But she did become it, even still.
Depending on where he is in his timeline, how much of her story he knows, he'll apologize to her for his inability to save her back then.
"Oh, sweetie," she says, every time, because it will never not be true: "You couldn't have saved me, we both know that."
And, depending on the when, something flickers behind his eyes that steals her breath. It seems to get deeper as he ages, what she sees in his eyes, and it coils a knot of dread low and tight in her belly that she struggles to untie, because enough of their lives together have been wrought with tension and sadness and heartache, and she's had quite enough of that. They both have.
But he can't hide it, and she can't read what she sees in his eyes. Spoilers.
"Besides," She always says, her hand cupping his face tenderly, "I wouldn't want you to, my love. Not if it would lead me anywhere but right here, right now, with you."
Because she loves him. Despite what she was trained to be, or perhaps because of it, she loves him.
She remembers the first time she ever told him that; it, too, was a revelation. More for her, she thinks, than for him. He's known her longer when she says it, but the words fall from her lips into the air and she's surprised to see them hanging there because if you'd asked her just the day before, she would have told you love just wasn't in the cards she was dealt, it wasn't a weapon she'd ever learned to assimilate into her arsenal (now, she'll tell you she knows it's not a weapon):
He's just caught her as she's fallen out of another spaceship somewhere, somewhen; it's relatively new for her, only a few times in, but catching her is old hat for him by now, she can tell. And when he stretches his arms out to steady her so she doesn't fall over, she looks into his eyes and it hits her all at once. It floods through her, her veins carrying it to every cell in her body so that every single part of her knows this one truth. It happens so fast that she can't stop the words from floating out; they push past her tongue, past her teeth, past every barrier someone else ever built inside of her, until they sail to his ears.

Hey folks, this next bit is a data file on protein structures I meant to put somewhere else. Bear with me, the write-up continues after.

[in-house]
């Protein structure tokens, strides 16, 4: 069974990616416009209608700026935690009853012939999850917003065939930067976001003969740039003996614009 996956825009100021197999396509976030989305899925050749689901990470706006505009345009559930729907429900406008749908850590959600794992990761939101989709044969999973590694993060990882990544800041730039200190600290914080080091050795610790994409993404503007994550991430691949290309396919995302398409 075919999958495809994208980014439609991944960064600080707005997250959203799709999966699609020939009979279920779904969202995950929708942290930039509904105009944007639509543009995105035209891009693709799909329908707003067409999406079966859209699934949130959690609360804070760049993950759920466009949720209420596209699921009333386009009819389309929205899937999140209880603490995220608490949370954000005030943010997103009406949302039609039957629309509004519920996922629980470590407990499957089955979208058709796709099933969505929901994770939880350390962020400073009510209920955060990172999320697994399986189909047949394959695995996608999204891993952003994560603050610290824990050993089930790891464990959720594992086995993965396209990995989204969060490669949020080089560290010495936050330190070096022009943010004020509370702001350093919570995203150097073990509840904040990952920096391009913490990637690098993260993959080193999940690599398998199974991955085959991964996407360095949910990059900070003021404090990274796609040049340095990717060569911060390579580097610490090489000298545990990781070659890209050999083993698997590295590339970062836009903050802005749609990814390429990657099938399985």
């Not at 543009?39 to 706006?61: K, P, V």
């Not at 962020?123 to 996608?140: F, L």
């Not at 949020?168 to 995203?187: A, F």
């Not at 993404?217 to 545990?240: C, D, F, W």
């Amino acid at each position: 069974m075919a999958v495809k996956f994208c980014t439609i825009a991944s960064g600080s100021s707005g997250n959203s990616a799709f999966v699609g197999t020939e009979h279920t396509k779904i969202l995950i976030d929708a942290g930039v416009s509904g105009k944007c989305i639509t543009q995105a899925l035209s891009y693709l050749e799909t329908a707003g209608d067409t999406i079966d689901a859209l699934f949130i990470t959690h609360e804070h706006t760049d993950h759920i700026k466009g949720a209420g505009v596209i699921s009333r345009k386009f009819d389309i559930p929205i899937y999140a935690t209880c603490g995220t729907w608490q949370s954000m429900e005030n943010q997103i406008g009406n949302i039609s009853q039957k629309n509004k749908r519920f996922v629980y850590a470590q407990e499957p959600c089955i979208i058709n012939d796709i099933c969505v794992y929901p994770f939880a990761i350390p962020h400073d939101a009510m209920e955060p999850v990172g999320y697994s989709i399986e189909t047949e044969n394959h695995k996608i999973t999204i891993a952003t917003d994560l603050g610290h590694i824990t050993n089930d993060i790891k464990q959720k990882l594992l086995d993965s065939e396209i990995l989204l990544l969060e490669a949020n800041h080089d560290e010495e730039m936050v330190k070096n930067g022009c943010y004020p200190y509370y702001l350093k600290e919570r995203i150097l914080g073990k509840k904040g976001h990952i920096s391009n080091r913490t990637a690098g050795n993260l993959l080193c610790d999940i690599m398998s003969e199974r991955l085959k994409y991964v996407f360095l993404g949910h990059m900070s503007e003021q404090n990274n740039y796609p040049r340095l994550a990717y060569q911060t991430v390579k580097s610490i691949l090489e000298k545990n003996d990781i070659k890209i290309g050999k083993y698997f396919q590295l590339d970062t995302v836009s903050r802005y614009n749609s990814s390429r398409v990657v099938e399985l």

He can't say the words back, and she doesn't ask him to. She just watches as the emotions play over his expressive face—she could name them one by one if she looks hard enough, but the one that slips under her skin to make itself a very painful home is the one she doesn't understand but knows that she someday will: sadness.
And that's just it: he looks at her so sad sometimes when she loves him, like she's fragile; like she's made of porcelain, and his hand is a pick-axe. Like he will break her. He won't tell her why—he can't tell her why, but she has her theories. She's given up multiple lives and hundreds of years for him, and she still can't convince him that he deserves it, that she's not sorry, that he is worth any burn that might lick at her flesh. And if he doesn't know by now that she would die a thousand times over for just one single hour with him, well there's nothing that would convince him of it, anyway.